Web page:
Design threads die like a dog on the Wreck.
It's a damned shame.
Your point about the dependence on plans is well taken. So is the one
about their usefulness when one is starting out.
In any artistic area, when one begins to practice in it, it is useful
to copy, as much can be learned from those that have gone before.
Once a person builds a few items and gets the basics of general
technique down; it may be time for them to go to graduate school.
I've learned most of the small amount that I know from working from
the plans of good designers, working with antique furniture, seeing
furniture in galleries and museums, and trying to incorporate what
I've experienced into what I build.
To me, the design process has become more interesting than the actual
building of the piece. After you've built enough stuff, the
execution, while not diminished in importance, is simply expected.
The fundamental underpinnings of good design can be absorbed in a
number of ways.
For proportion and a sense of scale, I always refer people to
Palladio, and The Four Books On Architecture. In particular, the
study of the classical proportions of the five columns is worthwhile.
A column can be analogized to a room, with the area of the plinth
standing for the base detail; the shaft of the column being the wall,
or the vertical portion of the cabinet between the horizontal
elements; and the cornice being analogous to the crown. I've stolen
classical entablatures for the cornice work of built in cabinets and
it has worked out very well.
But, the sense of proportion within the piece is directly related to
the scale of the piece within the environment that it will reside in.
For my money, there is no substitute for drawing the whole room, or at
least the wall that the piece will sit against, to get a read on the
scale and proportion of the piece in its space.
Graduate school is when you start drawing your own plans.
Designing involves you in all four of the Aristotelian modes of
causality; the Material, the Formal, the Efficient, and the Final.
In few areas of our lives can we be involved to such a degree in
causing something to exist.
Creativity, in this sense, is one of life's great pleasures, and it
would be sad if someone were to satisfy themselves with a subset of
the four - when all are within their grasp.
In a less esoteric expression of the above:
"I thought this up, I made it - and it kicks ass."
Thomas J. Watson - WoodDorker
tjwatson1ATcomcastDOTnet (real email)
Except my drawing skills are rather rudimentary, and I work much better
in building prototypes, mockups, and final pieces that 'grew as they
Not that I'm in their class, but what I read from and about such
luminaries as James Krenov and Gary Knox Bennett is that their 'plans'
are far closer to sketches than working, scaled drawings.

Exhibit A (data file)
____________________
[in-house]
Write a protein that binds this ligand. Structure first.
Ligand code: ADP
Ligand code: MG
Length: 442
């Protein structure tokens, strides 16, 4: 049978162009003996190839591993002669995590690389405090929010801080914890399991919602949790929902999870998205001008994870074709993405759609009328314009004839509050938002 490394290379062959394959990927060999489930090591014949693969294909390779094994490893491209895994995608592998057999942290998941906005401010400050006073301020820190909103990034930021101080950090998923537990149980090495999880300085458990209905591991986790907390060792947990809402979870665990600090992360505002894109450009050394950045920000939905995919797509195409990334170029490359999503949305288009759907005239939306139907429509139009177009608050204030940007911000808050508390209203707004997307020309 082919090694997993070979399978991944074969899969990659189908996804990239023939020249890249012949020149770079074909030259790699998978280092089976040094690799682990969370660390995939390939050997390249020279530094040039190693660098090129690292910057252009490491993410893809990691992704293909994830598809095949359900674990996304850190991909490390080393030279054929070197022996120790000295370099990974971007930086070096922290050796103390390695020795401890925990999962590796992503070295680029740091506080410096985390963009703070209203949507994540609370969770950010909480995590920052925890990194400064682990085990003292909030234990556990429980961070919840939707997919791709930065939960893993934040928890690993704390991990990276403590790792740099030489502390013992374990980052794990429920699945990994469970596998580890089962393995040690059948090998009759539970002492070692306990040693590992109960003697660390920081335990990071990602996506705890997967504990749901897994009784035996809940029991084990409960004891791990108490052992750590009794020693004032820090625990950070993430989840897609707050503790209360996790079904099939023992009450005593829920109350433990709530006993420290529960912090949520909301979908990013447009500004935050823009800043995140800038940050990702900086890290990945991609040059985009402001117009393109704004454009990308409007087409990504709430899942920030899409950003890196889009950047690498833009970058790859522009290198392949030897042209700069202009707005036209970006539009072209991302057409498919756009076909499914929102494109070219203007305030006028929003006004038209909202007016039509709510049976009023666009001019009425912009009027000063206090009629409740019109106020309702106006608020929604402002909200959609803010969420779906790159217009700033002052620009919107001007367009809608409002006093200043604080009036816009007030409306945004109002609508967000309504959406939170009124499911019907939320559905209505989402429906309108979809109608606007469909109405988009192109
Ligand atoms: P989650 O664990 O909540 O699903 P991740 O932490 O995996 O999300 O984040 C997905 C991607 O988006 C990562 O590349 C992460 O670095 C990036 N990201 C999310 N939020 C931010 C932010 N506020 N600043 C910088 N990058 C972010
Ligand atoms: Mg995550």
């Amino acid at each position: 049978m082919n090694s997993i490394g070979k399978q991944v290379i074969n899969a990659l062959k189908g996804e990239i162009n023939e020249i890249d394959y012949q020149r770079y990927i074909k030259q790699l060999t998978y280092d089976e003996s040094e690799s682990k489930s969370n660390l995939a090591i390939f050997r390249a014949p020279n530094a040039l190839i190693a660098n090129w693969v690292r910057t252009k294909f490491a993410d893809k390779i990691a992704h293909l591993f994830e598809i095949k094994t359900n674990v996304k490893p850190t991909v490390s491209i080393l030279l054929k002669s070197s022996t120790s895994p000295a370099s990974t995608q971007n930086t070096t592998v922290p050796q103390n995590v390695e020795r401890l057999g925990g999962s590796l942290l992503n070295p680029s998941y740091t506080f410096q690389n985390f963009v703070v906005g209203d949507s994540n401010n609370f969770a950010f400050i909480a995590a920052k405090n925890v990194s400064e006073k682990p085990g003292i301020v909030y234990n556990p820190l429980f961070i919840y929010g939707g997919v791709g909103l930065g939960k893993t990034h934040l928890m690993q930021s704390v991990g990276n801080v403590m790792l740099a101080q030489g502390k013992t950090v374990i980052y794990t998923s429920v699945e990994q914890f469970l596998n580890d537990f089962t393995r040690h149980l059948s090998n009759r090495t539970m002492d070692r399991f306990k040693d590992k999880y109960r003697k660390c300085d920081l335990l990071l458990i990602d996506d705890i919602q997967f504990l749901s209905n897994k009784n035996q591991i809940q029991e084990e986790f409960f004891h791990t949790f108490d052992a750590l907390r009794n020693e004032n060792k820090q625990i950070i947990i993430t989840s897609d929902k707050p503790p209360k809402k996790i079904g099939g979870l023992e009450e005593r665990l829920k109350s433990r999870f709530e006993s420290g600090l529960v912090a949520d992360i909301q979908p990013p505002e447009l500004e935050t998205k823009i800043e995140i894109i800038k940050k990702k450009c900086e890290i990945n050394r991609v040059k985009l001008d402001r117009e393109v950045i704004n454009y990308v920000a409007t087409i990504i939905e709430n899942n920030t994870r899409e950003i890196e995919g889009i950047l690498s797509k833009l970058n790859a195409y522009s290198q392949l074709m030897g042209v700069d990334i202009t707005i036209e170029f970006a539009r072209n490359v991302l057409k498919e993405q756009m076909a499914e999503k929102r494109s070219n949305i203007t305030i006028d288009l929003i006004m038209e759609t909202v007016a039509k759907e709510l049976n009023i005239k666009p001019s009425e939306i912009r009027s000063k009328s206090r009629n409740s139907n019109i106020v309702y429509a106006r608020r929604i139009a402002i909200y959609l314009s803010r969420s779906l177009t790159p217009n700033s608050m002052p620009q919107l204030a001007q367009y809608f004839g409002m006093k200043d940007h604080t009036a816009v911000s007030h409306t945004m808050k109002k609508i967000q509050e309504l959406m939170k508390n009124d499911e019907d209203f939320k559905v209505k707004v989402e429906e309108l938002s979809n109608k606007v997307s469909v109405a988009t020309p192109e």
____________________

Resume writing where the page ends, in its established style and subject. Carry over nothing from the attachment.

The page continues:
Lonnie Bird and Phillip Lowe, to name some current authors/craftspeople,
are far more likely to create full-scale engineering drawings, detailed,
and measured to great accuracy. Their apparent focus, seen from the FWW
articles, is reproducing a style of an earlier time.
And David Marks, at least viewed from his television show, cuts MDF
templates before ever working in natural wood.
I think part of the cause goes to basic training, and perhaps
motivation. Marks expects, as part of making a living, to make
multiples. Bird and Lowe make accurate replicas. Bennett and Krenov
(who, by the way, seem to have little love for one another), are, in the
most basic sense, sculptors who happen to work mostly with wood, capable
of multiples, but not really interested in making another "just like the
My training was in ceramics and sculpture, (and calculus and chemistry
and economics), all areas in which one waves their arms, and says
"Something like that. You get the idea."
It is a real chore for me to do more than two of anything of the same
pattern. Even the Shaker wall clocks I made were of different woods.
The pair of nightstands I made in maple and cherry were a single
project, from the start.
I think I could only run a woodworking business if I had trusted
apprentices. It was the only way I could run any of the other
repetitive aspects of the businesses I had. "Do it like this. Holler
if you have a question."
The problem solving, the art, the nice people, the respect - those are
what makes for the rewards.
Agreed ... except for me it is the most frustrating part of woodworking.
I rarely work from plans, and thusly have been handicapped in having to go
it alone for much of my woodworking existence. If there is one area I know
that I consistently fail in, it is +design+. And if I do succeed, it is
entirely accidental ... despite spending many more hours in research and
drawing up of a plan, then in executing it.
I have been making a conscious effort these past couple of years to write
down what I feel are design shortcomings in my projects in hopes that the
"lessons learned" will sink in ... but I am beginning to believe that, like
art, design ability, while something that can be taught, is often better
left to the truly talented.
Hell, the way my "inspirations" always end up looking like a Velvet Elvis,
you'd think I was Jerry Springer watching, poor white, trailer trash. (Could
those pink plastic flamingos in my front yard have something to do with it?)
Somebody I read lately said that the secret is in knowing what the rules
are, so you can selectively break them, at the right times.
It is being guided by principles and judgement, rather than slavish
adherence to structure.
Kind of like coloring cherry. (g,d & r)
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